// from Hayley and Kellyn
In 2005 researchers inserted “human embryonic stem cells into the brains of fetal mice inside the womb,” thus creating mice 1% of their brains functioning human brain cells. Many are wondered if this crossed the line, while others, such as Stanford’s Institute of Cancer/Stem Cell Biology and Medicine director, Irv Weissman, sees it this way:
Anybody who puts their own moral guidance in the way of this biomedical science, where they want to impose their will—not just be part of an argument—if that leads to a ban or moratorium. … they are stopping research that would save human lives.
The goal of creating these Frankenmice was to “[provide] a living laboratory where scientists [could] study human brain diseases and drug companies [could] test the safety of experimental medicines.” In creating these new genetically engineered test subjects, speculative fiction warns us against forgetting what Kac describes as the cognitive and emotional life of these animals. Gradually reducing an living being to the cognitive state of Atwood’s ChickieNobs is crossing a hard to define line between progress and ethics.
This view is shared by the opposition to Frankenmice which insists that creating these mice “would deny that there is something distinctive and valuable about human beings that ought to be honored and protected.”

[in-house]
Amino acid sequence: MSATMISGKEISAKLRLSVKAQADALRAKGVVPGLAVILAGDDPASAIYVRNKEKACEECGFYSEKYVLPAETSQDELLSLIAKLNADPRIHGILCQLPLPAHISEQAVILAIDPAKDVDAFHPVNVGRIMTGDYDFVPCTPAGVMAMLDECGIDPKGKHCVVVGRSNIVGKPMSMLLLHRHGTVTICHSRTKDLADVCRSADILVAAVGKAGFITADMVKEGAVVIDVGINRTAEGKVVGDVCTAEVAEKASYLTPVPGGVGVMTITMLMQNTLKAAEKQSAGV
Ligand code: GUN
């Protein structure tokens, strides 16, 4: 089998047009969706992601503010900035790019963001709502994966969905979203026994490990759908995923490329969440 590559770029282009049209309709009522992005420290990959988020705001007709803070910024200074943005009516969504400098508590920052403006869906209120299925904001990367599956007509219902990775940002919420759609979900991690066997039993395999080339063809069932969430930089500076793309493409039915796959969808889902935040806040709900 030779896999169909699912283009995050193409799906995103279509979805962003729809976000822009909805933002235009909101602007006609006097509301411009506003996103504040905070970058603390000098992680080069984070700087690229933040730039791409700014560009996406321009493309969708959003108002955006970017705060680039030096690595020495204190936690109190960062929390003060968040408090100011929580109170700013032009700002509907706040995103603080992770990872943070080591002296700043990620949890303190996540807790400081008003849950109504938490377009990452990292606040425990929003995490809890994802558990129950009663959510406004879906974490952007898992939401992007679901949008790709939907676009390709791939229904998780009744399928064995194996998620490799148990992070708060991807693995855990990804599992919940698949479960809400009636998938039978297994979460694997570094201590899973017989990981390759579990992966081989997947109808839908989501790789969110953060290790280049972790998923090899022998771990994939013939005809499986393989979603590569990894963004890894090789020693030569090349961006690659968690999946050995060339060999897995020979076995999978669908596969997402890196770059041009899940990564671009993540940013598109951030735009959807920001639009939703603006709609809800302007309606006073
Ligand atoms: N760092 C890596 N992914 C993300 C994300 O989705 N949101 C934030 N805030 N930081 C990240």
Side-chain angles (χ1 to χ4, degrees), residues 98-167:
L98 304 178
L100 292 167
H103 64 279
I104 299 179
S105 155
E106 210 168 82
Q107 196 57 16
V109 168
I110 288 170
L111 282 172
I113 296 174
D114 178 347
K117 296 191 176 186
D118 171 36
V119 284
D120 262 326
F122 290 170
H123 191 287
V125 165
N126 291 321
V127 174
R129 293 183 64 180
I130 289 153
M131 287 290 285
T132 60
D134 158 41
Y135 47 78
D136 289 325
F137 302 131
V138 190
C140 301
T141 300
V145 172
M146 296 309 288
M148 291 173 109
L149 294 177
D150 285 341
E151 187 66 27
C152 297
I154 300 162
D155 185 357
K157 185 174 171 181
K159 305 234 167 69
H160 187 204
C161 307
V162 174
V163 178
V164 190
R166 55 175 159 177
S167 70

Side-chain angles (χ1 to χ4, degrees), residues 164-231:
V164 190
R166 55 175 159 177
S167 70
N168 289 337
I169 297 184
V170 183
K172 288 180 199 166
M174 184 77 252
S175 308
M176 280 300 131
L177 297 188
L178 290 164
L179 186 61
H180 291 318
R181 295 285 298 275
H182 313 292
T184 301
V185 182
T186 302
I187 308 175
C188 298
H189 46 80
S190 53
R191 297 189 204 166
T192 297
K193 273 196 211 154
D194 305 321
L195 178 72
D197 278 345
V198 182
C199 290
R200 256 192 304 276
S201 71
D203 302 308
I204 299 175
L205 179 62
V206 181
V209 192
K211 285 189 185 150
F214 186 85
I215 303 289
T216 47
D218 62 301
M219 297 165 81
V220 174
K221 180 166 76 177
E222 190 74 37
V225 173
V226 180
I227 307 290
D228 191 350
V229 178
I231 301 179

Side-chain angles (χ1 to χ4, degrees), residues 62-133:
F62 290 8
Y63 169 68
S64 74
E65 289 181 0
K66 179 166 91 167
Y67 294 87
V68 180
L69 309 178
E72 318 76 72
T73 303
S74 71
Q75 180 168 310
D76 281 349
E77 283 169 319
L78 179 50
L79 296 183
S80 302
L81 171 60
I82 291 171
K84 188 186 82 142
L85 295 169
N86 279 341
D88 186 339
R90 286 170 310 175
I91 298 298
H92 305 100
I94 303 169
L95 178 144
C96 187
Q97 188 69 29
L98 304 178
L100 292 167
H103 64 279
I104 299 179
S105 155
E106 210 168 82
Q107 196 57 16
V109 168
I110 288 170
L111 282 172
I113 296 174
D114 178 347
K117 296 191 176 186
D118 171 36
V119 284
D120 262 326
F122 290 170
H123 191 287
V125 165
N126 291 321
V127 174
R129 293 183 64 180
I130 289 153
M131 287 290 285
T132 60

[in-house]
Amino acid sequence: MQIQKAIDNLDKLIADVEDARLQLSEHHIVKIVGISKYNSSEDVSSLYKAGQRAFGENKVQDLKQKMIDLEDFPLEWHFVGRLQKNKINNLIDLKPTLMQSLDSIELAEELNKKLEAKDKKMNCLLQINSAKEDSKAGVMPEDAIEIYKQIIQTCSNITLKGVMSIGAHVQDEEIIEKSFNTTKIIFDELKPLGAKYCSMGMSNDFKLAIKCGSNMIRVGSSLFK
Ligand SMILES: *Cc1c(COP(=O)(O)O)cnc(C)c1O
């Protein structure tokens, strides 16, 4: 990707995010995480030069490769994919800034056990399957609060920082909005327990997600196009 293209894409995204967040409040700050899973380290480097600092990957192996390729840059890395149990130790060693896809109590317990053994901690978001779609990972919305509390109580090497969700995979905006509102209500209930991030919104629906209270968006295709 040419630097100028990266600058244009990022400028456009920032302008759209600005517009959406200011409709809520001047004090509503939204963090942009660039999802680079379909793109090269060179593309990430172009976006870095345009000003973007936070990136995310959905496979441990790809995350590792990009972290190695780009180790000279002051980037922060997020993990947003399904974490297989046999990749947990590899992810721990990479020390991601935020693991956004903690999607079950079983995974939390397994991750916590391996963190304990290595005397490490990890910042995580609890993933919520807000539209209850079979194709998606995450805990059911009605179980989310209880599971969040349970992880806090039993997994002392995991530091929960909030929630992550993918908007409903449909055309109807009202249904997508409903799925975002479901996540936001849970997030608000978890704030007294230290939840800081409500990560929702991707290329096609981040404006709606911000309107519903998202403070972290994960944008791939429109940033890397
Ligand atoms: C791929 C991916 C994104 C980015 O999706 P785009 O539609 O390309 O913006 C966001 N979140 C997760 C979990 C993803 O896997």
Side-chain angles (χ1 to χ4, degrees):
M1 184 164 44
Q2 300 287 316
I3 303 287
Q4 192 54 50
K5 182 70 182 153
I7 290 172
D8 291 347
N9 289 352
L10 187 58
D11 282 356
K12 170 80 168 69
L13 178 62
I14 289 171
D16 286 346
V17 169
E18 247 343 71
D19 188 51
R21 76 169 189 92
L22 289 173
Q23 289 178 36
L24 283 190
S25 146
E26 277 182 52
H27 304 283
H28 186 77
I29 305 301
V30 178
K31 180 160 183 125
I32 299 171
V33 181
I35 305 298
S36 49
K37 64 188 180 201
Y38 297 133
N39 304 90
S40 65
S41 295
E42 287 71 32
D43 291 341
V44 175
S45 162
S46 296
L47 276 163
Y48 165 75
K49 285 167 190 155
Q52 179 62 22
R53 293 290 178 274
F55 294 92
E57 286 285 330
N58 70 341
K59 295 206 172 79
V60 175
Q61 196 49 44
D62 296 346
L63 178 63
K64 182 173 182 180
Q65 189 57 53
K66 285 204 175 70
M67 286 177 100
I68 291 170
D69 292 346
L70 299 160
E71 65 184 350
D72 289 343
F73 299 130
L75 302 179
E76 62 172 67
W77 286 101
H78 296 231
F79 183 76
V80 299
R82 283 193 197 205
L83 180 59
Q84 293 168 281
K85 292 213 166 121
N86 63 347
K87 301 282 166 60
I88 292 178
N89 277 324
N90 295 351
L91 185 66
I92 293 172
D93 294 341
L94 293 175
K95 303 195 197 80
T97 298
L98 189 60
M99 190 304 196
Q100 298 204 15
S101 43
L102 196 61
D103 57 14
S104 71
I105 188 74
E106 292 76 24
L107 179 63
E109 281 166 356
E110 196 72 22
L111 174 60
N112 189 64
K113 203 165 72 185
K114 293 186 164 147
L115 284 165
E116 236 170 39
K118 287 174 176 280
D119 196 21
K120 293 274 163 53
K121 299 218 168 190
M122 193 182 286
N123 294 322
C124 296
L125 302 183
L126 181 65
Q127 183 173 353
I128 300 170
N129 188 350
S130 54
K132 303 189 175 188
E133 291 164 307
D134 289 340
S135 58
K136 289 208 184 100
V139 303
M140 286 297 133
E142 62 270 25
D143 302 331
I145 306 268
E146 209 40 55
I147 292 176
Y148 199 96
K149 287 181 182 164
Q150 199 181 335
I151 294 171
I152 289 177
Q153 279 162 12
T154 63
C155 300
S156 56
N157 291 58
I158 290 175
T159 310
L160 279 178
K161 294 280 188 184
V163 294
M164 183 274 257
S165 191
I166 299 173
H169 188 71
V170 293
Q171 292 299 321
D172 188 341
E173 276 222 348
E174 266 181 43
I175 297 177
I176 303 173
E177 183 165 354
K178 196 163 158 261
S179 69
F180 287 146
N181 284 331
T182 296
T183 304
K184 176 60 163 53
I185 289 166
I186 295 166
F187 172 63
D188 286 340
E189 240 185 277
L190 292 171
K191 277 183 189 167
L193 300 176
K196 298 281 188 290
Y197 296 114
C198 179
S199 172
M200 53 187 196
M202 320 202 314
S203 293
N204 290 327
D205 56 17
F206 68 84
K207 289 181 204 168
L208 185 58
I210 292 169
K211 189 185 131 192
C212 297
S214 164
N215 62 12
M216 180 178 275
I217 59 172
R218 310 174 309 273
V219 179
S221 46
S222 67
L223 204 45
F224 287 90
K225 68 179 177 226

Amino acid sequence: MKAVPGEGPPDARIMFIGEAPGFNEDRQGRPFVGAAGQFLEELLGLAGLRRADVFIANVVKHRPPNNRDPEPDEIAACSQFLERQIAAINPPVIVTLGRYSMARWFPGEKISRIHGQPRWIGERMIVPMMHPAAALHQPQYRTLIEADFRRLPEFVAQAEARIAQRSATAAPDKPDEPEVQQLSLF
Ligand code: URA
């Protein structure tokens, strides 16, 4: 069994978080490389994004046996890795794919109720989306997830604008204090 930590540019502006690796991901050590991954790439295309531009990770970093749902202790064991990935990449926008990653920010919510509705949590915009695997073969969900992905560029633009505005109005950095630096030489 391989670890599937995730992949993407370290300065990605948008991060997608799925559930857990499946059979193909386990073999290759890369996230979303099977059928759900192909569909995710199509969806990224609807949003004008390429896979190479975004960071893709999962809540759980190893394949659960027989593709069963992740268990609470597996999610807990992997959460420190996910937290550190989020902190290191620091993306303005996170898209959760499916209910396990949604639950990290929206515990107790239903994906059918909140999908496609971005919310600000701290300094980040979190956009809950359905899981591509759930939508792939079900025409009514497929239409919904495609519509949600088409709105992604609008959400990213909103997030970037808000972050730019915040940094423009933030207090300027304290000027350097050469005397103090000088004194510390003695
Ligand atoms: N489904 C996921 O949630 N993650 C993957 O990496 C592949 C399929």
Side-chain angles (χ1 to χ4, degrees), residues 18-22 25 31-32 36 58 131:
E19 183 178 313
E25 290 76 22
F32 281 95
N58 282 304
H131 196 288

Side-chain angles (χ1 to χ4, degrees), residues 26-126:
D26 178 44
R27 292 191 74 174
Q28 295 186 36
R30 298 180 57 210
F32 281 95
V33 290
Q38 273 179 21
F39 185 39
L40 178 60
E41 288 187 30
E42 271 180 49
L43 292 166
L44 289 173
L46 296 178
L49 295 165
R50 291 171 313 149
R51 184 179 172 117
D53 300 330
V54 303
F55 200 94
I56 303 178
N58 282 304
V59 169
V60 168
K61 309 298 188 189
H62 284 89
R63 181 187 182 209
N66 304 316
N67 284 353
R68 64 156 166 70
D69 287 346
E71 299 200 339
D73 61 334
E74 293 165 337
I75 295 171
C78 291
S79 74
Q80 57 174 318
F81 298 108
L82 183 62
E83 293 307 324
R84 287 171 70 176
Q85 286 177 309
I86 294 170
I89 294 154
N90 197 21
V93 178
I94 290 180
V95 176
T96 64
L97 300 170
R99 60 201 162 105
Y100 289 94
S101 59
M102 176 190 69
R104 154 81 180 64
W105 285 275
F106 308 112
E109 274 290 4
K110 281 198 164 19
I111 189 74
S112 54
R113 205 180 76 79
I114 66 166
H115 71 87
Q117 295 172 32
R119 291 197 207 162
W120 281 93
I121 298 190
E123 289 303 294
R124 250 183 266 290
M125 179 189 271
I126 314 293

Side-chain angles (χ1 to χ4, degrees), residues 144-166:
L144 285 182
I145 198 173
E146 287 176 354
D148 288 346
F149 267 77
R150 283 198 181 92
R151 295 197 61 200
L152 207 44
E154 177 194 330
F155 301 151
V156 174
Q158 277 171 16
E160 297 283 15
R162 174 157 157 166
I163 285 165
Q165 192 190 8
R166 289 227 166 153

Another genetically modified group of animals reminiscent of the “pigoons” from Oryx and Crake are used produce drugs. Goats and chickens are the factories used to produce these drugs. “Just after fertilization, ‘pharmers’ insert into the embryo a human gene that codes for a particular protein — usually one that’s produced naturally in humans, but that’s lacking in people who have certain diseases. They attach that DNA code with a gene that codes for a sugar found in mammalian milk, insuring that the therapeutic protein will be expressed only in the animals’ milk or eggs.” These proteins are then isolated and used in the creation of the drugs. The benefit of this method is that a in one year a single goat can produce the equivalent amount of protein for one drug, for example, Anthrombin, as havested from 50,000 humans. But what are the costs??
The mice, whether actualized or not (it seems that the fully humanized mouse brains never came into existence), and “phaarmed” animals raise a new set of questions.
– What is this “distinctive and valuable” aspect of humanity that goes beyond the scientific definition of a species?
– When have we created a new species that does not have enough human genes or characteristics to classify it as human?
– Is it our bodies, our brains, our genes, a mixture of the 3, or something else that makes us human?
– What species then do we call these human/mice chimeras and what keeps us from viewing this species as natural since they are created by natural beings(us)?